He would find that a sum very similar to that which the EU is demanding has been paid to the World Bank by Dfid for the last two years. Only America pays more.

Gordon Bridger
Guildford, Surrey

SIR – We have done much to help other EU countries by providing millions of their unemployed with jobs.

In return, they could simply deduct the amount of unemployment benefits saved to their economies from the total of Britain’s additional budget bill.

I suspect the revised amount would be at least cost-neutral, and would probably necessitate a rebate in our favour, which, in the spirit of goodwill, we could offer to forgo to help the failing economies of the eurozone.

Ted Shorter
Tonbridge, Kent

Irish Times:

Sir, – The whole idea of a national utility for provision of water is spurious and ill-conceived. I know this, for certain. I live on Clare Island. Electricity, TV and radio signals, telephone networks are all “sent to us” from afar.

Our water supply, on the other hand, comes from the sky, lands on the island, flows off the slopes of Croaghmore, is filtered through tanks, and flows through pipes to every household on the island. The source is local, the maintenance local (my good friend Michael Bob), possible problems are local, and all solutions, by definition, must be local.

Quite contrary to a national, even European sharing of electrical power, water will always be “local”. Or course there must be national policies, guidelines, sharing of costs for providing water, but there is absolutely nothing to be gained through the creation of a “national” utility to this end.

Only Dublin (the Pale) has a need of water provision “from afar”. Let there be county or provincial utilities providing water.

It is absolutely certain that provision of water on Clare Island has nothing to gain from Irish Water. The risk is that the vital local knowledge, needed for maintaining the service, will be sacrificed on the altar of a “national utility”. – Yours, etc,

PETER GILL,

Clare Island,

Co Mayo.

Sir, – Irish Water pays bonuses to their employees even if they have a “needs improvement” rating on their performance review. You might ask what is so unusual about paying bonuses in a company. Don’t all companies do this and isn’t this the way to stimulate performance in a company? And from what we have seen of Irish Water so far, does not its performance definitely merit improvement?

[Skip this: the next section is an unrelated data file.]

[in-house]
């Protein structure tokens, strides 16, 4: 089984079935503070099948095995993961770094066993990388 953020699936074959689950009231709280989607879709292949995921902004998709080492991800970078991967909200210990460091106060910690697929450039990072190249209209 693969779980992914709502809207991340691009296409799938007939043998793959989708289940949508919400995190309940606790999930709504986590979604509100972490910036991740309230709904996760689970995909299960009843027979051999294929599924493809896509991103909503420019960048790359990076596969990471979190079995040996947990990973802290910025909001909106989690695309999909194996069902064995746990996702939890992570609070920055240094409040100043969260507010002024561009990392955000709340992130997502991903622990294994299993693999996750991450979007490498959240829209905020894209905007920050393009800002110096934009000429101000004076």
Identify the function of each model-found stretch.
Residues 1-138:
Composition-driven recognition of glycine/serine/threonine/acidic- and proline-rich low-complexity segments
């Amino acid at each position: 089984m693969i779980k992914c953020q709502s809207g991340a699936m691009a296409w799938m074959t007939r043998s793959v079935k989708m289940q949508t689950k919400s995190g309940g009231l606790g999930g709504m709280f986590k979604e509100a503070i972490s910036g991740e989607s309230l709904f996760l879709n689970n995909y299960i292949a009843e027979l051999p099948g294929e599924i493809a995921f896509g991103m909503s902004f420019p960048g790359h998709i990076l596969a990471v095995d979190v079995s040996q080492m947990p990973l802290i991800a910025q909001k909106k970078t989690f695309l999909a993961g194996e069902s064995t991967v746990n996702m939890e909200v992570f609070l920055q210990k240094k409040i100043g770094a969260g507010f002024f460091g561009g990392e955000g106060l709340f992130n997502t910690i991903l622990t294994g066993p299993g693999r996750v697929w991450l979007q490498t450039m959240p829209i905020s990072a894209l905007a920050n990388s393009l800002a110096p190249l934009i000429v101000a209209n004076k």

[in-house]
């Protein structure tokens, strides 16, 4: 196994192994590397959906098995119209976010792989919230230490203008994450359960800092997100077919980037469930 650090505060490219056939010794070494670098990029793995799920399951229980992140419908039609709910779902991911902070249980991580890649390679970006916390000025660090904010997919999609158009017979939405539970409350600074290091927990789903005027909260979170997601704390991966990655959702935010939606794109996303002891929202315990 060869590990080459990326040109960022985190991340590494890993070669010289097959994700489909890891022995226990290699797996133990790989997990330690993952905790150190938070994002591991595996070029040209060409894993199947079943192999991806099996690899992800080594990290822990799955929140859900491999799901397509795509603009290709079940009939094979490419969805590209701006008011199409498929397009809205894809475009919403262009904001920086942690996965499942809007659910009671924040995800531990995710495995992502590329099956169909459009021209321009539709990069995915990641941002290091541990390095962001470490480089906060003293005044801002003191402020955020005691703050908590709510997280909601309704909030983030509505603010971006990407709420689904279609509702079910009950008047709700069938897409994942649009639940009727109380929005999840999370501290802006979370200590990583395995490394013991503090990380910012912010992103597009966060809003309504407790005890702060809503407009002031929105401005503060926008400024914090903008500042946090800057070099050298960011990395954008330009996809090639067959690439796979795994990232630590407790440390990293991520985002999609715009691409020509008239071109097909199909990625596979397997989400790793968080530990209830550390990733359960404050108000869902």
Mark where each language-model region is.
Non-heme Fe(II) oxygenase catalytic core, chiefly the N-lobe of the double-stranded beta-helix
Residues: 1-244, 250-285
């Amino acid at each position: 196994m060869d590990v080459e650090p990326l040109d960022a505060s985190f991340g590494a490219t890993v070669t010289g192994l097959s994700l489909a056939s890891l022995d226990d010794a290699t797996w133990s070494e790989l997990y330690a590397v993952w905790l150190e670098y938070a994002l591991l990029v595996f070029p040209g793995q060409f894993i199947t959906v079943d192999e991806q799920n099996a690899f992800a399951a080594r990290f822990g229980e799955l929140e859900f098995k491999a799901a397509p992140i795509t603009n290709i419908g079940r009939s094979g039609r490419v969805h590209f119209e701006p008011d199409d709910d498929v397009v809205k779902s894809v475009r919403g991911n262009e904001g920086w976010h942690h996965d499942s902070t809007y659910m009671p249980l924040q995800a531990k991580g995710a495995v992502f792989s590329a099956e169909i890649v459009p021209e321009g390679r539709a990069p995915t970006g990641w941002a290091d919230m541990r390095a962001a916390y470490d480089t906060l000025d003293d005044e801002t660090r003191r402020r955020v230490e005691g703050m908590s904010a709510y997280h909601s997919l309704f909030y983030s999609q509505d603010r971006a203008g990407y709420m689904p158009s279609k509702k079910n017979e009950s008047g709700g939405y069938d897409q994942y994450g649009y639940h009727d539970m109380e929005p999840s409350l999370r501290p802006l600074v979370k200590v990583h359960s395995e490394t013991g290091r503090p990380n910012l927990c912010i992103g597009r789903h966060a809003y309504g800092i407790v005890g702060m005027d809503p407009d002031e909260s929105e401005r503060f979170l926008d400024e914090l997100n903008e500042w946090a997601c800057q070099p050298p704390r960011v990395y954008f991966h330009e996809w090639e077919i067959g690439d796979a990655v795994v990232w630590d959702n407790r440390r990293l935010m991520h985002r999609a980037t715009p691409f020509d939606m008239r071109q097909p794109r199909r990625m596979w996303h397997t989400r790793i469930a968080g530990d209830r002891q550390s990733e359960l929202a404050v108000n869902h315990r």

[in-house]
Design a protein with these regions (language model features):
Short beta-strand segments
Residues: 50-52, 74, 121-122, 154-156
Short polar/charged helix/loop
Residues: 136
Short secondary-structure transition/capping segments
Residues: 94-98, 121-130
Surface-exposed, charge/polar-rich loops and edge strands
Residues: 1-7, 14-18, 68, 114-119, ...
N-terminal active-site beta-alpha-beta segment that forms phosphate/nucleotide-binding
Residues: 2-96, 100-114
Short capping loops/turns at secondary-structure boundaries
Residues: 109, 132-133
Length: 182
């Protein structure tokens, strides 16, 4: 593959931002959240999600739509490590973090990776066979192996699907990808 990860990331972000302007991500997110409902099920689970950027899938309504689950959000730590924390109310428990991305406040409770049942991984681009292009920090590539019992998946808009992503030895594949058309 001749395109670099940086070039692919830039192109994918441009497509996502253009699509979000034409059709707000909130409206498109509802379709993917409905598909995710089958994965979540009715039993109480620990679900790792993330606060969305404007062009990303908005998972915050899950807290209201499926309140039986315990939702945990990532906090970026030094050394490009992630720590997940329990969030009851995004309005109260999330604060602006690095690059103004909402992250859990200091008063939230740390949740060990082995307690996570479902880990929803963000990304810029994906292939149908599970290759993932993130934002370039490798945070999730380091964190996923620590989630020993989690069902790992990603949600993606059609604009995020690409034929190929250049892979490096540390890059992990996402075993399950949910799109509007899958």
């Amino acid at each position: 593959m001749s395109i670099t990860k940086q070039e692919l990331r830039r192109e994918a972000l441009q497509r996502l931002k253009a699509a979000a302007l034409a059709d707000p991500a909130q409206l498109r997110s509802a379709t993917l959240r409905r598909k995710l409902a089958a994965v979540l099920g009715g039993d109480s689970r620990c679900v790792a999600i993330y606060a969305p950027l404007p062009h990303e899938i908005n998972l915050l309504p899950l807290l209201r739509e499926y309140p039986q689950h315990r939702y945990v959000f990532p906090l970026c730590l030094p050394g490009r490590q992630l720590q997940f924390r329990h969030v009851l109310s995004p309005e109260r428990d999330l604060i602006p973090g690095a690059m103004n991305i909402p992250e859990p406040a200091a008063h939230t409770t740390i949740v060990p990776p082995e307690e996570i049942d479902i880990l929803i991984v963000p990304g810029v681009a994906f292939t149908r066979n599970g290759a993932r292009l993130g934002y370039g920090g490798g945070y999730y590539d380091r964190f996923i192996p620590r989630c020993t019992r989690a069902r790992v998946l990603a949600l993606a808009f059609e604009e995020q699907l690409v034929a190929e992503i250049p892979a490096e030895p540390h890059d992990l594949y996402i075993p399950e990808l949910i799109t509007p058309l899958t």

Paying bonuses to employees for their performance is counterproductive and doesn’t do anything to increase the performance of employees; the opposite is true.

Repeated research by highly regarded institutes over the last 30 years has proven without doubt that paying bonuses for performance doesn’t work and is counterproductive. Keep in mind the banking crisis; the collapse of a complete sector which paid itself the highest bonuses. If bonuses worked, the banking sector should be thriving!

Any self-respecting HR practitioner knows this and would be very careful regarding implementing a bonus culture in a new company. That is the surprising thing about Irish Water; as it is a new company it has all the opportunities to establish a new culture and implement policies which would help it perform, yet Irish Water immediately returned to the failed old bonus culture. It tells me that top management is not focussed on creating a new efficient organisation based on new proven scientific methods but are very focussed on keeping things as they are. This is not very convincing for the executive of a newly formed company assigned with such an important task.